He expressed reservations about military intervention in Libya, but did not support a resolution sponsored by Senator Rand Paul declaring that intervention unconstitutional. He voted against funding of anti-Syrian rebels.
Sanders is generally regarded as a supporter of Israel. But he declined to attend Israeli Prime Minister Benjamin Netanyahu’s speech to Congress earlier this year. He said Netanyahu improperly interfered with President Obama’s role in the Iran negotiations.
Sanders declined to sign the 2014 Senate resolution in support of Operation Protective Edge, an Israeli military operation against Palestinian Arabs in Gaza. He said the Israeli government over-reacted, but at the same time criticized Hamas for firing missiles from “protected areas.”
Sanders supports funding for the expensive and dysfunctional F-35 fighter plane, which would be partly assembled in Vermont.
Sanders opposes the Trans-Pacific Partnership Agreement. He opposed the North American Free Trade Agreement and most trade agreements.
He opposed repeal of the Glass-Steagall Act in 1999. The repeal allowed investment of government-guaranteed bank deposits in the financial markets.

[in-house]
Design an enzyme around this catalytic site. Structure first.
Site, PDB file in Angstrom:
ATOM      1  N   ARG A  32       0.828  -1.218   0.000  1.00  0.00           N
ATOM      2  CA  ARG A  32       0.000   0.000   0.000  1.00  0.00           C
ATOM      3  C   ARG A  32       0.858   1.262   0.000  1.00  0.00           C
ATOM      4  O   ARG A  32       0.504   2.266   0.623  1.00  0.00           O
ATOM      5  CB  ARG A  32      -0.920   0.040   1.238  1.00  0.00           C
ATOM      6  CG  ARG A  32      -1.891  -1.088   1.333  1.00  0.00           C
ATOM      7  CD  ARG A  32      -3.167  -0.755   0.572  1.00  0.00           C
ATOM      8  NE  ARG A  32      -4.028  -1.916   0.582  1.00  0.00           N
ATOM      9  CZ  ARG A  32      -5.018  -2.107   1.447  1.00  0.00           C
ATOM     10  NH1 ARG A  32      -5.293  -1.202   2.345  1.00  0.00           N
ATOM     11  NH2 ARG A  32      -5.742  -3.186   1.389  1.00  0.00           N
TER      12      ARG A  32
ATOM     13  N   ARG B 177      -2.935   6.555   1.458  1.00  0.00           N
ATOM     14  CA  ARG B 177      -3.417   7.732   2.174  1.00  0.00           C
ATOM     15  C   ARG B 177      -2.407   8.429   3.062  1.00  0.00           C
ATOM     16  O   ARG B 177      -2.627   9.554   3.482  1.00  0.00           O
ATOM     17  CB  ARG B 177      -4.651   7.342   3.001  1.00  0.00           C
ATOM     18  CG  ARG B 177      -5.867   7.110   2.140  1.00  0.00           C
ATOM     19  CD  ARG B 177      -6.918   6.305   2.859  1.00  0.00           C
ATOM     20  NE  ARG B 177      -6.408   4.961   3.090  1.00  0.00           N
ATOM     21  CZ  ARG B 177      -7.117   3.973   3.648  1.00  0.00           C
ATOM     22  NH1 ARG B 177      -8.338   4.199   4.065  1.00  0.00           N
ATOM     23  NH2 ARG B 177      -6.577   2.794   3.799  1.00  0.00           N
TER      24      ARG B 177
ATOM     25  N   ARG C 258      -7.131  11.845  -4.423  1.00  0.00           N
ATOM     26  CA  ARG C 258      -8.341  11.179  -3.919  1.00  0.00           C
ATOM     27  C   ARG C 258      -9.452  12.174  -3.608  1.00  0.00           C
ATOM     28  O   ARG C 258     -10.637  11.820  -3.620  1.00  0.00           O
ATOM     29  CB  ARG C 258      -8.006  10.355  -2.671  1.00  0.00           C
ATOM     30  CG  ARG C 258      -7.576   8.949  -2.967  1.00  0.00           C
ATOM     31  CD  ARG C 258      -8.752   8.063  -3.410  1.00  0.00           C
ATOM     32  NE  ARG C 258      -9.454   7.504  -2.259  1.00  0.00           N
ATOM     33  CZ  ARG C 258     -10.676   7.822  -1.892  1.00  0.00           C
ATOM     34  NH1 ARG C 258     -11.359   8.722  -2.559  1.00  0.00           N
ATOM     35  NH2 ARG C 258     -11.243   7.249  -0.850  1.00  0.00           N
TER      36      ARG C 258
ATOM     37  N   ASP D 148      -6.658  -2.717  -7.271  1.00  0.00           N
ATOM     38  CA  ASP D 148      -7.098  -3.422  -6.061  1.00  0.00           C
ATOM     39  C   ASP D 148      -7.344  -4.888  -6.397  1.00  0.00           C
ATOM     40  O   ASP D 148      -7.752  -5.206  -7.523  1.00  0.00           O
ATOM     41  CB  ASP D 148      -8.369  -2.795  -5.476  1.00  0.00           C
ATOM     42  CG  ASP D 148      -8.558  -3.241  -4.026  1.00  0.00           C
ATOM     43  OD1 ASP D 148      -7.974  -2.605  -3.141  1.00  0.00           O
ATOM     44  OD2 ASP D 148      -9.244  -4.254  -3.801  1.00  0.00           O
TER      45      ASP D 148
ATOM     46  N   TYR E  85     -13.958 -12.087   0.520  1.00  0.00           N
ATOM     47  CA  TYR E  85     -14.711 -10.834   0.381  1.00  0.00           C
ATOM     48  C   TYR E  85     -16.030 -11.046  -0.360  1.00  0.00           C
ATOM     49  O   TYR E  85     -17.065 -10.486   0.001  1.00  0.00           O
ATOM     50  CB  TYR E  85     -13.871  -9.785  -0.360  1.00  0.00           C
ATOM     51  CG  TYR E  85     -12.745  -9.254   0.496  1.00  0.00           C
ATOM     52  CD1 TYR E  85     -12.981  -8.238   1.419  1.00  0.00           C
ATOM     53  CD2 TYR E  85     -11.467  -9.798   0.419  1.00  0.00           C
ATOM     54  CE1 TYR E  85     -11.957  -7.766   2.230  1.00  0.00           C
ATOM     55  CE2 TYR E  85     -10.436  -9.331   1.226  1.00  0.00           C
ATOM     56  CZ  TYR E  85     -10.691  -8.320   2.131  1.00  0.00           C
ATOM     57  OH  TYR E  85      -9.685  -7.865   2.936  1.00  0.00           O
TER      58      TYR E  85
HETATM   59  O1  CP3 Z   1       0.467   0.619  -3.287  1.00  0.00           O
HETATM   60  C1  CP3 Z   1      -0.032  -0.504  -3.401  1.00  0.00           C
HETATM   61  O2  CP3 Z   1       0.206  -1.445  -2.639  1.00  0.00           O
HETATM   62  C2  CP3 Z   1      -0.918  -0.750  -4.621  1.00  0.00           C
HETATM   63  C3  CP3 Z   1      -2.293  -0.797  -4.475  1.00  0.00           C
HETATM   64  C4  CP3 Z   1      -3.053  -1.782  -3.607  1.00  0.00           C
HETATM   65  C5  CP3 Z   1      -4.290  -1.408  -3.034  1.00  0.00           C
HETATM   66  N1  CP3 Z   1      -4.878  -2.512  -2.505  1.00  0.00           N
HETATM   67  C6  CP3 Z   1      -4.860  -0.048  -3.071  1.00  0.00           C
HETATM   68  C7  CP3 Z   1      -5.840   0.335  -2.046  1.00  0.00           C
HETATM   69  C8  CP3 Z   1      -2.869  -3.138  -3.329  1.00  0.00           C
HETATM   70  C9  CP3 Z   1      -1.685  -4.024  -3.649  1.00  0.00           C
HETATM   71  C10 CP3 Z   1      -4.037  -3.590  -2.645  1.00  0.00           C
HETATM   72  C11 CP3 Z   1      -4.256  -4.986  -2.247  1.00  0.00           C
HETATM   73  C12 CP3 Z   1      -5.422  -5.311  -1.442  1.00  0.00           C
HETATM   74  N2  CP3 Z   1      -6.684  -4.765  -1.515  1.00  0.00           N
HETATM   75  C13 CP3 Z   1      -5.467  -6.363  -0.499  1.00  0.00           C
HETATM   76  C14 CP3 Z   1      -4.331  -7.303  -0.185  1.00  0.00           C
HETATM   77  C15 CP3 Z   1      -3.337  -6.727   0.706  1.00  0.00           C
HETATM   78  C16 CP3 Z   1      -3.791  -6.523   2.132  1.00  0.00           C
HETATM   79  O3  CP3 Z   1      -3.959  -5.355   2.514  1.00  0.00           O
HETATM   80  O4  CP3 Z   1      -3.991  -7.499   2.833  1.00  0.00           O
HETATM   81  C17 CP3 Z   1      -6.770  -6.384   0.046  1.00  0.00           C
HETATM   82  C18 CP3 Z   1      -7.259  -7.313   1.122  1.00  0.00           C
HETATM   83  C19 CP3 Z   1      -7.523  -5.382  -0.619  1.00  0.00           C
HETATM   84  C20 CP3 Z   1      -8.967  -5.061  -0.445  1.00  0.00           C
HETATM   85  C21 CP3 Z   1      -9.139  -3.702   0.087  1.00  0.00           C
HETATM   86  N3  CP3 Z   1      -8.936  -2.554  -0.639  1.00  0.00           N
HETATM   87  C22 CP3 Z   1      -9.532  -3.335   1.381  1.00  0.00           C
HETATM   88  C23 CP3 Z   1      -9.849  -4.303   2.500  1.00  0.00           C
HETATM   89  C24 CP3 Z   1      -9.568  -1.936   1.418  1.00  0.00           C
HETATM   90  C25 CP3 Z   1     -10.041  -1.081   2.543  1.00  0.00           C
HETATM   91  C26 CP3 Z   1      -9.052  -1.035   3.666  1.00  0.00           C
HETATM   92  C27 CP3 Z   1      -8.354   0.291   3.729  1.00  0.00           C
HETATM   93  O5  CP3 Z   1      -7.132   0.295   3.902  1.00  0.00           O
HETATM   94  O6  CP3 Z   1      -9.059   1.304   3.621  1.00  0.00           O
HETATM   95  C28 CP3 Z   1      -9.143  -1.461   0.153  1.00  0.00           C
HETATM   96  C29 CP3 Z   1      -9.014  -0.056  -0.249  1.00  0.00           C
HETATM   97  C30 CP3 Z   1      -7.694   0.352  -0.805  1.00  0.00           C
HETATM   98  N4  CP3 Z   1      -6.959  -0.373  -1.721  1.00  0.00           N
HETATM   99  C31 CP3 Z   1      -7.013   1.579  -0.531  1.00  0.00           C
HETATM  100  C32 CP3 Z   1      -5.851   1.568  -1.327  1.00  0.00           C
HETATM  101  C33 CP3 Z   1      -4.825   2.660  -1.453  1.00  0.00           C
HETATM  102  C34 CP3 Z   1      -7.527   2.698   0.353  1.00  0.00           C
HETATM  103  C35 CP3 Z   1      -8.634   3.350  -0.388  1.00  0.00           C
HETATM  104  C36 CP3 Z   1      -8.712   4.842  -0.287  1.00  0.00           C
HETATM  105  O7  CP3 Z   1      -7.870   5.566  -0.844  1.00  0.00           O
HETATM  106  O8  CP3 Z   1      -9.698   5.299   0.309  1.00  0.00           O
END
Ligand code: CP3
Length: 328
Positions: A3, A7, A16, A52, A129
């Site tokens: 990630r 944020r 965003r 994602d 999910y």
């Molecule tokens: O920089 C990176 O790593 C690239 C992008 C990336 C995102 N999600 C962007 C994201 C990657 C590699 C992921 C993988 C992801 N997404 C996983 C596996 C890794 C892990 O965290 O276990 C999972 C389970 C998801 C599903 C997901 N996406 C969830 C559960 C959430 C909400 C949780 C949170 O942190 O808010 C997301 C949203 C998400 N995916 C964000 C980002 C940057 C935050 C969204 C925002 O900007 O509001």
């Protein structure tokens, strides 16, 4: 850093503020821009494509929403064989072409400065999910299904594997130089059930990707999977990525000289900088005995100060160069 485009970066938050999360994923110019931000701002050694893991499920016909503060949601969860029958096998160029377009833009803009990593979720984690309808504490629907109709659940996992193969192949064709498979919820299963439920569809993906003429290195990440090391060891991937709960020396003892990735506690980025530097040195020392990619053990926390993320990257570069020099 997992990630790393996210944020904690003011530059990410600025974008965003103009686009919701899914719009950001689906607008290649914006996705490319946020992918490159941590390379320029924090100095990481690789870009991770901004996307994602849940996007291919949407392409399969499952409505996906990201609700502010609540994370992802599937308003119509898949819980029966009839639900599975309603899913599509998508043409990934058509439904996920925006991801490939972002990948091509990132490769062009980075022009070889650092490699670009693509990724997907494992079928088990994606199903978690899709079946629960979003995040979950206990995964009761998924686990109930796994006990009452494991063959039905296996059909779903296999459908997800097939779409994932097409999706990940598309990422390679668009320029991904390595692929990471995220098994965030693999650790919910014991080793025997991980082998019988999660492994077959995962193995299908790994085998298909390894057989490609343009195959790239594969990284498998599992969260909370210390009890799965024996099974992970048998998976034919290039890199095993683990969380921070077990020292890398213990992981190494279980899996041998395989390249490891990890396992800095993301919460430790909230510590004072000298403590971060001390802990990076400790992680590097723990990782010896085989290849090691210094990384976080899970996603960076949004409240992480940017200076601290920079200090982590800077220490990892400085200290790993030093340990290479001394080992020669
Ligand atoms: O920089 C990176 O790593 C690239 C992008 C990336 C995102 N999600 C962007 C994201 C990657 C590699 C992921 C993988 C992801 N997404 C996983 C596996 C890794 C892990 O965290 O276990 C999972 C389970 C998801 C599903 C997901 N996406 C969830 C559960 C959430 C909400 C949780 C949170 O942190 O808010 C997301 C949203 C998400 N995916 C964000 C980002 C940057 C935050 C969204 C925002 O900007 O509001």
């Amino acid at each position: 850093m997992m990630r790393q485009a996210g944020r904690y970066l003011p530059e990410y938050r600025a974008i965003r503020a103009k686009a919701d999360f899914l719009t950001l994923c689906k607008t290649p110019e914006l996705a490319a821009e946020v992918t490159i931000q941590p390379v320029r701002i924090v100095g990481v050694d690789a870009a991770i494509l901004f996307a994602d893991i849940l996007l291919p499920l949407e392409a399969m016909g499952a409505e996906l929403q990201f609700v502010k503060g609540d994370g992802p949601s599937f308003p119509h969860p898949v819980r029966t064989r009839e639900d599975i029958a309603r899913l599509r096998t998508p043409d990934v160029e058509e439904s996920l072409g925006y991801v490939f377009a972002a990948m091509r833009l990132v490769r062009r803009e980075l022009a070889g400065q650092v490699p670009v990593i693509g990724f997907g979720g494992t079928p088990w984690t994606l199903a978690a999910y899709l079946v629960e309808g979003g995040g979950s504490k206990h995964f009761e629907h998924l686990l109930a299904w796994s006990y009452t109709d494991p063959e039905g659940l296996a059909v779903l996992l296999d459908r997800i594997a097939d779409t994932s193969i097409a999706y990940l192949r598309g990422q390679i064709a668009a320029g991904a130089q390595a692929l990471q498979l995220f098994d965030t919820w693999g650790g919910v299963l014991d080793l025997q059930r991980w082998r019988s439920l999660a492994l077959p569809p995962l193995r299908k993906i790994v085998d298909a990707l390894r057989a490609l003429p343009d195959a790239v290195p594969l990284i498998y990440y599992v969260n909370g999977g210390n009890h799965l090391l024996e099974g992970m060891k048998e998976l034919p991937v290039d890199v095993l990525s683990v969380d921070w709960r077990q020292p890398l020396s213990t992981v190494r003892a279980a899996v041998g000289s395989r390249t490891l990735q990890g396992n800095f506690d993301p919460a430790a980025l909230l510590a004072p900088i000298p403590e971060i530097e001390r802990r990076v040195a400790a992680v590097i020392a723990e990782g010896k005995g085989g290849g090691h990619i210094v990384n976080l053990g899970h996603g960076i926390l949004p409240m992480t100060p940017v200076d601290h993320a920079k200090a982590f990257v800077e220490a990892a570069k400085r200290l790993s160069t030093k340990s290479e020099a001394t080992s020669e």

In January he introduced the Rebuild America bill to spend $1 trillion on transportation infrastructure, such as roads, bridges and mass transit systems, over a five-year period.
He is a co-sponsor of Michigan Democratic Rep. John Conyers’ Employ Young Americans Now bill, which would appropriate $4 billion for federal jobs programs for Americans age 16 to 24 and $1.5 billion for jobs training programs.
Sanders has introduced amendments to Senate bills that would invest money in infrastructure, to be paid for by closing loopholes in the tax system
He introduced legislation in June, 2014, to aid workers who wanted to form their own businesses or set up worker-owned cooperatives.
Sanders has introduced a Guaranteed Paid Leave Act to provide 10 days of paid vacation for employees who have worked for an employer at least one year.
He currently co-sponsors a bill that would give mothers and fathers 12
days weeks of paid leave to care for a baby. It would also guarantee workers the same amount of time off if they are diagnosed with cancer, have other serious medical conditions or need to take care of other family members who are seriously ill.
He co-sponsored a bill that would guarantee workers at least seven paid sick days per year for short-term illness, routine medical care or care for a sick family member.
In 2007, Sanders co-sponsored the Global Warming Pollution Reduction Act with Senator Barbara Boxer. It would have provided funding for research and development on geologic sequestration of carbon dioxide, set emissions standards for new vehicles and a renewable fuels requirement for gasoline starting in 2016, established energy efficiency and renewable portfolio standards beginning in 2008 and low-carbon generation standards for electric utilities beginning in 2016, and required periodic evaluations by the National Academy of Sciences to determine whether emissions targets are adequate.